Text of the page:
Teenage Mutant Ninja Turtles: Tournament Fighters

When I was a boy, my father would accompany me on long walks through the marshlands surrounding the city.

“Boy,” he would gesture, “a great man belongs to the world, but also moves through it, like a ghost through a velvet curtain.” And then he would pick up a small turtle to emphasize his point.

“You see,” He would mutter, like a man who, after drinking himself to sleep, leans over to his mistress for one last kiss goodnight, “a turtle, when removed from his natural environment, struggles a bunch. He fears me, and wishes I were dead. But we shan’t hurt him.”

“We shant?” A Wide-eyed six year old, my only thought of the welfare of the turtle.

“We shant”

And he would move the turtle to a choice location — usually near some female turtle with whom he could start a family — and then mosey out of the town like the last cowboy to grace these parts.

But that turtle, ungrateful sod that he is, feels he is entitled to some other swatch of land, some other mate for to bang. And he says, “Mrraaaaahhhhhhhh!” And he scuttles off to another pasture, fully unaware that it was human judgment that brought him thus far, and, as he circumvents it, he as good as flips God a mighty bird meanwhilst shunning all things sacred.

So, turtles can be little shits. Teenage? More so.

I see you have two tyrannosaurs chained to your amps. You, sir, know the meaning of rock.

This game’s easy enough to describe. The Teenage Turtles we all know and love fight each other, their friends, their enemies, and even a few surprises along the way. Pretty basic stuff, really. You kick, you punch. If you’re like me, you jump up and kick down. I have before described this tactic as being the only one necessary to win any fighting game. But I fear that I soon will have to retire the marvel of ingenuity in favour of something more creative.

I was beaten, you see, by a flying squirrel. A flying squirrel? Beat a turtle? If I didn’t know better, I’d say this game was mammalian-biased!

But be it turtles or foxes, this game ain’t nothing too bad, in my books at least. Those of us who are looking for a deep fighter certainly won’t find it here. But for those who just want to watch muscular, humanoid turtles make humourless wretches out of one another, and perhaps play some small part in that display, go no further! This is likely as close are you will get to colliding with true happiness.

For, if there’s anything in this world that is true, it is happiness.

I, for one, never looked back.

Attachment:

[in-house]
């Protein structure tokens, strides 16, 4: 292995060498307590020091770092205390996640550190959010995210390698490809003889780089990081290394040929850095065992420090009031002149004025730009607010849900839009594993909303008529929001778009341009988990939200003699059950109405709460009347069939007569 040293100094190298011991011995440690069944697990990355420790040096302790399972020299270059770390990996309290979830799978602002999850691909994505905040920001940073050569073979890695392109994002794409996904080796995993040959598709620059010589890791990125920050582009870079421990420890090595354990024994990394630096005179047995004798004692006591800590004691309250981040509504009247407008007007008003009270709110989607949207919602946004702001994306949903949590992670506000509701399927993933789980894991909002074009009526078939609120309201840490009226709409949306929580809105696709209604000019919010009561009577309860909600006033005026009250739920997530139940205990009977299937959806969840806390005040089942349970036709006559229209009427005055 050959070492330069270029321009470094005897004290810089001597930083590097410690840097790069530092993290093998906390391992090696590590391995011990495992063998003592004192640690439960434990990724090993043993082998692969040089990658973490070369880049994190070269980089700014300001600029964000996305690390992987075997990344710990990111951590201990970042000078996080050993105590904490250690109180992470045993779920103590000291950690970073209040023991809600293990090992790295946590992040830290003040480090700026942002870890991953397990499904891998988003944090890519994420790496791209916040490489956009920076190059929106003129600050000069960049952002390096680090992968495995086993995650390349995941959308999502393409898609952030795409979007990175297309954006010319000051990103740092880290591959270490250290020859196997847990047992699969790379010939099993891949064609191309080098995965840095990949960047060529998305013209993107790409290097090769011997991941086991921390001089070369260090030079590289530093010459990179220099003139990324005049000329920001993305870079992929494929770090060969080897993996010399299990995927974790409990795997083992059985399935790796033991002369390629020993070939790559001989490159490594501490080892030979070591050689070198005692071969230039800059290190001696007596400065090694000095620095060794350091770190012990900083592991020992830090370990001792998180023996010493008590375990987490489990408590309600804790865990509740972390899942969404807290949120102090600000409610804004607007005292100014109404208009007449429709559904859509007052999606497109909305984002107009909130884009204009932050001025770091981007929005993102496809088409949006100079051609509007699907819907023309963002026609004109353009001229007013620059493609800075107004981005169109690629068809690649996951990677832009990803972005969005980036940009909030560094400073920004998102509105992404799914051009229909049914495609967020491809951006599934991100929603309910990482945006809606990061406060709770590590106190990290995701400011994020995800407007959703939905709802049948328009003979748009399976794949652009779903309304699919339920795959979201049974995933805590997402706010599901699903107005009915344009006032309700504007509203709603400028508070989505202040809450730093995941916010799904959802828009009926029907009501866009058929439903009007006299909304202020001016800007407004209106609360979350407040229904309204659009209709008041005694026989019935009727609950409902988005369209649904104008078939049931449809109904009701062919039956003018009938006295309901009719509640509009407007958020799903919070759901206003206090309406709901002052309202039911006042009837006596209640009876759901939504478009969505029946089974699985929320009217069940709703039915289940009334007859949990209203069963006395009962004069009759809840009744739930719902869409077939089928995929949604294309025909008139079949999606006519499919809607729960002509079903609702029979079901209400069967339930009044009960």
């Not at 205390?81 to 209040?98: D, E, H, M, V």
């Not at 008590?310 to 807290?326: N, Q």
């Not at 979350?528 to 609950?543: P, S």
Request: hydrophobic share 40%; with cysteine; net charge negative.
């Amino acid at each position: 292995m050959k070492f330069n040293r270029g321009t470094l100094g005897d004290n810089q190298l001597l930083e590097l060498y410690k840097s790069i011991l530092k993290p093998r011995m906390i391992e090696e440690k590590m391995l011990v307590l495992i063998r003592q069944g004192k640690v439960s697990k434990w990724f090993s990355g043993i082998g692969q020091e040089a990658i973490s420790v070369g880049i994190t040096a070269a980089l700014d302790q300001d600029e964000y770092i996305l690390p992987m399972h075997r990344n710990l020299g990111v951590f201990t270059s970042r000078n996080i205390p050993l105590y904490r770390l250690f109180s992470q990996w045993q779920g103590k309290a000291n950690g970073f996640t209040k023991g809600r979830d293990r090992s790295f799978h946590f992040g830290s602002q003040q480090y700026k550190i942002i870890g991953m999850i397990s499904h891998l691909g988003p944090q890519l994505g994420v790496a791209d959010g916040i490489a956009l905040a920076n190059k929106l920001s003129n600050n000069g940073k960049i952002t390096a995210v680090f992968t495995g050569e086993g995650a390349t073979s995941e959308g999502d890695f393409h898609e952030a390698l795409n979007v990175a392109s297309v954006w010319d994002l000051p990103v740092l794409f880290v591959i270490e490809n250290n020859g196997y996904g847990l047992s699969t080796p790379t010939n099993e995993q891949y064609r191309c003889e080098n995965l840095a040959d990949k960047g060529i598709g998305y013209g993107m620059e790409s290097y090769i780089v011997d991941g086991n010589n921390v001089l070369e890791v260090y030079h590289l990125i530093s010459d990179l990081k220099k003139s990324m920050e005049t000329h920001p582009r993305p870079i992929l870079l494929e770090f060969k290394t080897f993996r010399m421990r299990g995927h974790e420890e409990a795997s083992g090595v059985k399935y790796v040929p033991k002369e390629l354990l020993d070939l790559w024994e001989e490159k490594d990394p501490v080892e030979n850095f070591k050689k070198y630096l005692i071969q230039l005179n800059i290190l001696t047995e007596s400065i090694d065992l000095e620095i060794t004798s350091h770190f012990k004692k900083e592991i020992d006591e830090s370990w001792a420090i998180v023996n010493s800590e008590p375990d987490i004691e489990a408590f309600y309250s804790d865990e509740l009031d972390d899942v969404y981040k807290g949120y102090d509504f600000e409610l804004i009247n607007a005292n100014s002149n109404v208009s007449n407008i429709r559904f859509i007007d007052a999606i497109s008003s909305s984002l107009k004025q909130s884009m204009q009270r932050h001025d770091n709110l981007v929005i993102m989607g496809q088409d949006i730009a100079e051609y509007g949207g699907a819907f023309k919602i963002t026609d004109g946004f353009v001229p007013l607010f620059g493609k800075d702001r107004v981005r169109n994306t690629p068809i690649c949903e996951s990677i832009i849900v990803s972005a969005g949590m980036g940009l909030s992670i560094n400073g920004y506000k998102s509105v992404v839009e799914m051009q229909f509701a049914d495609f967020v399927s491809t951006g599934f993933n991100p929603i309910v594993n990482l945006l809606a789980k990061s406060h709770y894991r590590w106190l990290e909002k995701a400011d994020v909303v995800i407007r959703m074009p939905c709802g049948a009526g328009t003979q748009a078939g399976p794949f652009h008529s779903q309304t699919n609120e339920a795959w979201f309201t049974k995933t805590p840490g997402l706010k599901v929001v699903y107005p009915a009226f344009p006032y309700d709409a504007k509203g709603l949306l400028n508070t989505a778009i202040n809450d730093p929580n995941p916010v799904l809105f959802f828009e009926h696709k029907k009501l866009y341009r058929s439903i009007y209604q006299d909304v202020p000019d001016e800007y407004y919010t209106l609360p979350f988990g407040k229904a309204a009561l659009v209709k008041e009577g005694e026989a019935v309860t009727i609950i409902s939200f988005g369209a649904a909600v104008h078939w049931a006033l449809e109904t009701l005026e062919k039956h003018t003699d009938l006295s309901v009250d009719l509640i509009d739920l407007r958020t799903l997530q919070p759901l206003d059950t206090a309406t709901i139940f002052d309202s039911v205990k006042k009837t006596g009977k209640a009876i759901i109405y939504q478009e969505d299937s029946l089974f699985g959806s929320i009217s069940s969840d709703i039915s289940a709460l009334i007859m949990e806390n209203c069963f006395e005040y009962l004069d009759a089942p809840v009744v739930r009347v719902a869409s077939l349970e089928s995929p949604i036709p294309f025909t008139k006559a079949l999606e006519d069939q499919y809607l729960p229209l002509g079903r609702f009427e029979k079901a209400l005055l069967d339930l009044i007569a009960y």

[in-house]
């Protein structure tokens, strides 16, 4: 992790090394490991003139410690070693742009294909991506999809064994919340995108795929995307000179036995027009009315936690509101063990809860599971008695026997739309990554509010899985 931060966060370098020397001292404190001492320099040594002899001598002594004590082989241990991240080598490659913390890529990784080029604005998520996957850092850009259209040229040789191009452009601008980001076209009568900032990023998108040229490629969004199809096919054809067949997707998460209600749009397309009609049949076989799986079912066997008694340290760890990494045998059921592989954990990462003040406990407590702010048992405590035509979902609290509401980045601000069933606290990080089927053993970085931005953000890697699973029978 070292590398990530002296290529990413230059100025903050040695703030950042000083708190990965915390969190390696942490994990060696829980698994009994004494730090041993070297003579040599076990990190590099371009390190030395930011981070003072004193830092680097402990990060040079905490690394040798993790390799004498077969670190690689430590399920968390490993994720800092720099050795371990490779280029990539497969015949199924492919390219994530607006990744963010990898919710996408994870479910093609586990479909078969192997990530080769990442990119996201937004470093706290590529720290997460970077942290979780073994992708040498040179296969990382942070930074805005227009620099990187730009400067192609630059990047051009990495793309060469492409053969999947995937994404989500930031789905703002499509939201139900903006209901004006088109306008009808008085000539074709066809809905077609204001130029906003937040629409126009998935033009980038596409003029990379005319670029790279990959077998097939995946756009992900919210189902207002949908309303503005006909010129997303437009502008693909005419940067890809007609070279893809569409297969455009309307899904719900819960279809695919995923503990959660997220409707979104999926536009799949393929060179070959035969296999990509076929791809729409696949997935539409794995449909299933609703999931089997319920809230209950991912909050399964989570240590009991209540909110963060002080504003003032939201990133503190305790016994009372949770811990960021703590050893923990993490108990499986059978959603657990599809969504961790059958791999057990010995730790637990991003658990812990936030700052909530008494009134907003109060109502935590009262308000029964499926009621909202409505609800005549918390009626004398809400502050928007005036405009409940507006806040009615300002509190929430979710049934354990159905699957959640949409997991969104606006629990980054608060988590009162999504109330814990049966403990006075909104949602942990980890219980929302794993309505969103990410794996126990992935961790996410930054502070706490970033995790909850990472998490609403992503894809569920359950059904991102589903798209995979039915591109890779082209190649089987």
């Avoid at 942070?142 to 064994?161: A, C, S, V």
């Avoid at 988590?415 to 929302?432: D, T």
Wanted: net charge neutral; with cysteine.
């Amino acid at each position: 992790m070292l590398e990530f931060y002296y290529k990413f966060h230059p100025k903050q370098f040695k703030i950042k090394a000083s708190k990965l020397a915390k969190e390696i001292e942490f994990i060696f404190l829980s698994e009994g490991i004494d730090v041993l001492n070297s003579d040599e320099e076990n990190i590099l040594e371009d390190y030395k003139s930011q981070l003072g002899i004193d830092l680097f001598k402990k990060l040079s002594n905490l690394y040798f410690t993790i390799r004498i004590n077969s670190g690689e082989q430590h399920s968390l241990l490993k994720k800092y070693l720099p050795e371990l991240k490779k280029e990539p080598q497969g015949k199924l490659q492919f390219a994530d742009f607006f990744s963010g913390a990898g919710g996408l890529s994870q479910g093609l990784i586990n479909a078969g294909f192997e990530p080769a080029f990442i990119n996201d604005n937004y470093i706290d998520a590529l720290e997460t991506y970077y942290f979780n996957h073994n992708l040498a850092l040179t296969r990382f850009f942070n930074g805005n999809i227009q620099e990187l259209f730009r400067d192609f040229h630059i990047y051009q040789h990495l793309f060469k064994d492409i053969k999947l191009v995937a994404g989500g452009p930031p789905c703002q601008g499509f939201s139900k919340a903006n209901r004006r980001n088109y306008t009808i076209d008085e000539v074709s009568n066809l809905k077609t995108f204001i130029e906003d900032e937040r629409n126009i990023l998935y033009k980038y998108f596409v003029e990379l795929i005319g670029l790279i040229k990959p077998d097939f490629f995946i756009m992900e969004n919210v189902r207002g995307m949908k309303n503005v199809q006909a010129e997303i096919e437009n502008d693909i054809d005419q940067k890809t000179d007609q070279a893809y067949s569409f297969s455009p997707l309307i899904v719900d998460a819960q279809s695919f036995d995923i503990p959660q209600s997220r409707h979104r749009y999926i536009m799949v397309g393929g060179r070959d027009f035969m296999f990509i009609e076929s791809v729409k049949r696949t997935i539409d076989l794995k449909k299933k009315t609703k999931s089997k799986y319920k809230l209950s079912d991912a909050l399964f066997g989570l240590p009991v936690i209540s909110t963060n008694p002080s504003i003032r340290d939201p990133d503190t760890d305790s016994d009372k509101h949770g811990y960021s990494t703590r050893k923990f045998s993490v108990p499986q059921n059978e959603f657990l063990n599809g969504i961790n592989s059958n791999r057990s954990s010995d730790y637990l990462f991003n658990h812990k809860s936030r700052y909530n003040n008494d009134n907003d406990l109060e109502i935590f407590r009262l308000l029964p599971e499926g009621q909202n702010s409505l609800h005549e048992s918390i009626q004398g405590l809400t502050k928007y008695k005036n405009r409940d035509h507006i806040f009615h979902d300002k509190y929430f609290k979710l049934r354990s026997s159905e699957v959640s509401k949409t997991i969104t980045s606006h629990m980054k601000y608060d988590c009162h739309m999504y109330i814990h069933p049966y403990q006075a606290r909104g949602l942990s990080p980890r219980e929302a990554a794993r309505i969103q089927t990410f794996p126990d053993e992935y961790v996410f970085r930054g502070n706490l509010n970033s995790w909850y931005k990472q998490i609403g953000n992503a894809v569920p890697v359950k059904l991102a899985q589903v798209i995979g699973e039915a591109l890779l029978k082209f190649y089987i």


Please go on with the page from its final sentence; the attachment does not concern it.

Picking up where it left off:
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Super Scope 6

They called it Super Scope 6, not because it was the sixth iteration of a series, but because it had six games or, more accurately, six game modes. I won’t list them all because they’re silly. They split into two primary categories: LazerBlazer, in which one shoots at aliens who fly menacingly in front of the screen like those last reluctant cheerios in my breakfast cereal, and Blastris, in which Nintendo explores the less violent portion of the light gun spectrum. I will now attempt to convey the grandly magnificent experience that is playing such a rampantly amazing title. I will share few factual details, as we have websites like The Wikipedia for that. I will, instead, dazzle you with metaphors and similes constructed in such a way as to create, in your mind, the feeling of playing Super Scope 6.

LazerBlazer

I am a baby. I turn effortlessly in my mother’s womb. Suddenly, I realize that we’re not alone. There is evil approaching. I bang on the walls of my cage. The captain comes. He tells me that the aliens are coming, and that everyone that they thought would help them isn’t going to help them anymore. It looks like it’s up to me. “Devils!” I shout as I man my turret. I am hungry like a cannibal with naught but children on which to feast. I blaze my lazer up with my lighter. Bam bam! But my lazer is a piece of orange dog shit. Instead of light, the thing fires big gobs of yellow jell-o at my foes! Sin! I am dying for a good kill and these jell-o gobs are too slow to hit anything. Then I remember what I was taught at the academy. I begin to shoot not where the alien is, but where it will be. My gobs of jell-o hit home! I am a slug on a lovely, tasty log. I munch and munch. Yum yum. But now I am like a turtle in a shell whose shell is being shot at by cannons the size of mountains. I cannot sustain this barrage! Dying, I am an old man who dies.